Retinoids are produced by glia in the lateral ganglionic eminence and regulate striatal neuron differentiation.
In order to identify molecular mechanisms involved in striatal development, we employed a subtraction cloning strategy to enrich for genes expressed in the lateral versus the medial ganglionic eminence. Using this approach, the homeobox gene Meis2 was found highly expressed in the lateral ganglionic eminence and developing striatum. Since Meis2 has recently been shown to be upregulated by retinoic acid in P19 EC cells (Oulad-Abdelghani, M., Chazaud, C., Bouillet, P., Sapin, V., Chambon, P. and Dolle, P. (1997) Dev. Dyn. 210, 173-183), we examined a potential role for retinoids in striatal development. Our results demonstrate that the lateral ganglionic eminence, unlike its medial counterpart or the adjacent cerebral cortex, is a localized source of retinoids. Interestingly, glia (likely radial glia) in the lateral ganglionic eminence appear to be a major source of retinoids. Thus, as lateral ganglionic eminence cells migrate along radial glial fibers into the developing striatum, retinoids from these glial cells could exert an effect on striatal neuron differentiation. Indeed, the treatment of lateral ganglionic eminence cells with retinoic acid or agonists for the retinoic acid receptors or retinoid X receptors, specifically enhances their striatal neuron characteristics. These findings, therefore, strongly support the notion that local retinoid signalling within the lateral ganglionic eminence regulates striatal neuron differentiation. (+info)
Differential mechanisms of retinoid transfer from cellular retinol binding proteins types I and II to phospholipid membranes.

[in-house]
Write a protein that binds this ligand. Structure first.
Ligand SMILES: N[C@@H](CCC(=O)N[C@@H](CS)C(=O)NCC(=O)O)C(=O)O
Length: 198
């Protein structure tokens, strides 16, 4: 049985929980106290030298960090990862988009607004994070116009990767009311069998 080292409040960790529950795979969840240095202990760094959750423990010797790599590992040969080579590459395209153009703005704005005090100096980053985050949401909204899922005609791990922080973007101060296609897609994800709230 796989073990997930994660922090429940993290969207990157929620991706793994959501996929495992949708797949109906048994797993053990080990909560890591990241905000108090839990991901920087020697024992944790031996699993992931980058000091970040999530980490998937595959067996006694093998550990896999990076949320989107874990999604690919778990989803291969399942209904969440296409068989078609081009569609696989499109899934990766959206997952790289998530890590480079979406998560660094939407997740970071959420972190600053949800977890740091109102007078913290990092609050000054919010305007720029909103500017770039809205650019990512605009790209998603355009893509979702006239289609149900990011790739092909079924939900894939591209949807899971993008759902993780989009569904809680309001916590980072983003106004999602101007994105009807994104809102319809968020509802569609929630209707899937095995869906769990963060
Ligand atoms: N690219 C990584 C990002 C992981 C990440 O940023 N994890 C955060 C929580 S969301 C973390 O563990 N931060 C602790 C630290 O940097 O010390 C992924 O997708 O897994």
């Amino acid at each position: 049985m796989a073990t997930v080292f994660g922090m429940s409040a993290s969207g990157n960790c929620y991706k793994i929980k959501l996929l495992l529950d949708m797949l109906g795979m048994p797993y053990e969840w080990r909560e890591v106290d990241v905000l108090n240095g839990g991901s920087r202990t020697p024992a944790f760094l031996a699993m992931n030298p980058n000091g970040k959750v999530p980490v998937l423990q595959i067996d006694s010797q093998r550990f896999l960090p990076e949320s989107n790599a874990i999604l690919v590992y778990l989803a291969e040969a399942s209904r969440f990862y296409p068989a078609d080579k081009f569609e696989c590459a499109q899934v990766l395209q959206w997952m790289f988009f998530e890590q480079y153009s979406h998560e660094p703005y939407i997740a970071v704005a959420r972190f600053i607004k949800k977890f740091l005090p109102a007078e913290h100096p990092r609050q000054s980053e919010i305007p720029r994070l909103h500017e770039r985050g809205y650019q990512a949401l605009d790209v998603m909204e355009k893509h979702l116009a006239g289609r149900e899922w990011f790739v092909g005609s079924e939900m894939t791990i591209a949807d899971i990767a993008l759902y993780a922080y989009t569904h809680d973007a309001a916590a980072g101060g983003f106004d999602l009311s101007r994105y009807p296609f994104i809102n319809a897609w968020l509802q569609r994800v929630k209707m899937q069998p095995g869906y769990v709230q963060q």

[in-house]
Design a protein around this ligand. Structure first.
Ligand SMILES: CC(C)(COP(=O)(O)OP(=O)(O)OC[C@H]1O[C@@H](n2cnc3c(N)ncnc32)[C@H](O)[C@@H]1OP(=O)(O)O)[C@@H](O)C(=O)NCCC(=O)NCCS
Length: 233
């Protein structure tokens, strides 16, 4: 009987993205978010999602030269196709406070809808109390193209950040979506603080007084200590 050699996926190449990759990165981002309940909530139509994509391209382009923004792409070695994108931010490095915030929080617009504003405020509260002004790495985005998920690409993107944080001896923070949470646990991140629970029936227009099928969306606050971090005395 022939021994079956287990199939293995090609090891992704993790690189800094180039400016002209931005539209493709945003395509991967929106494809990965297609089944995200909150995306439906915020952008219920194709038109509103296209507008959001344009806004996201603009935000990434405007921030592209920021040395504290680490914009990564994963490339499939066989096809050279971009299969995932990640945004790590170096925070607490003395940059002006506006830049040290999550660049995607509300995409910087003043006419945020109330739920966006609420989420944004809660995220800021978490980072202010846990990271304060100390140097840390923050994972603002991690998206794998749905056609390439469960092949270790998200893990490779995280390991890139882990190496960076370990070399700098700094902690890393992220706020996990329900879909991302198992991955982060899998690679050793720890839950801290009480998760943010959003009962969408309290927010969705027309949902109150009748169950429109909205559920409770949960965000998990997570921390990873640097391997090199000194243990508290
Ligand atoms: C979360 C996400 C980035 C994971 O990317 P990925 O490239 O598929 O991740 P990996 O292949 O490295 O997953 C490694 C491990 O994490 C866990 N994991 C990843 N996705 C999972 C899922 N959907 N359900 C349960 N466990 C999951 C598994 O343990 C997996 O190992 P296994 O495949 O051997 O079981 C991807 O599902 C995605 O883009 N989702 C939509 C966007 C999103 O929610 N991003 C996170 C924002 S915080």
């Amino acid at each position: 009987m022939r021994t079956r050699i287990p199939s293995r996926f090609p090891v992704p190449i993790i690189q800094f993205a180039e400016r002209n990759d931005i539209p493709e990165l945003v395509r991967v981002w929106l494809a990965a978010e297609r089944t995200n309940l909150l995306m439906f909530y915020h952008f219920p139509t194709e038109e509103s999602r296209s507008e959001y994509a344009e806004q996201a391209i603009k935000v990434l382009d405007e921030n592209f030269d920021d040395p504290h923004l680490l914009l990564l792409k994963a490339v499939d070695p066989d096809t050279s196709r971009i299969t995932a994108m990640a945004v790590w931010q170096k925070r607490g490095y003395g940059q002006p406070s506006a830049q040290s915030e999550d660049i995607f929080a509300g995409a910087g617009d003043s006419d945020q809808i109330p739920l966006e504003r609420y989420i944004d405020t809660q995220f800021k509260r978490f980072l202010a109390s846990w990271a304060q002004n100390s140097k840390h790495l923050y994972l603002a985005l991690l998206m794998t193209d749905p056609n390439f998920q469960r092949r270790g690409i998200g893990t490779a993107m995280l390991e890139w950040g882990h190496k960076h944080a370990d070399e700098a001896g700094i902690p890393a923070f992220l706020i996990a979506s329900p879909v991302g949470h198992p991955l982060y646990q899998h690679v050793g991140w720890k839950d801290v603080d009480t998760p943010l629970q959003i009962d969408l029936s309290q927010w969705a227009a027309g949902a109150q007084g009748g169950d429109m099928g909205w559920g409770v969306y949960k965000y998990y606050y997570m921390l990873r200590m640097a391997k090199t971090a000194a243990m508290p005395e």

Cellular retinol-binding proteins types I and II (CRBP-I and CRBP-II) are known to differentially facilitate retinoid metabolism by several membrane-associated enzymes. The mechanism of ligand transfer to phospholipid small unilamellar vesicles was compared in order to determine whether differences in ligand trafficking properties could underlie these functional differences. Unidirectional transfer of retinol from the CRBPs to membranes was monitored by following the increase in intrinsic protein fluorescence that occurs upon ligand dissociation. The results showed that ligand transfer of retinol from CRBP-I was >5-fold faster than transfer from CRBP-II. For both proteins, transfer of the other naturally occurring retinoid, retinaldehyde, was 4-5-fold faster than transfer of retinol. Rates of ligand transfer from CRBP-I to small unilamellar vesicles increased with increasing concentration of acceptor membrane and with the incorporation of the anionic lipids cardiolipin or phosphatidylserine into membranes. In contrast, transfer from CRBP-II was unaffected by either membrane concentration or composition. Preincubation of anionic vesicles with CRBP-I was able to prevent cytochrome c, a peripheral membrane protein, from binding, whereas CRBP-II was ineffective. In addition, monolayer exclusion experiments demonstrated differences in the rate and magnitude of the CRBP interactions with phospholipid membranes. These results suggest that the mechanisms of ligand transfer from CRBP-I and CRBP-II to membranes are markedly different as follows: transfer from CRBP-I may involve and require effective collisional interactions with membranes, whereas a diffusional process primarily mediates transfer from CRBP-II. These differences may help account for their distinct functional roles in the modulation of intracellular retinoid metabolism. (+info)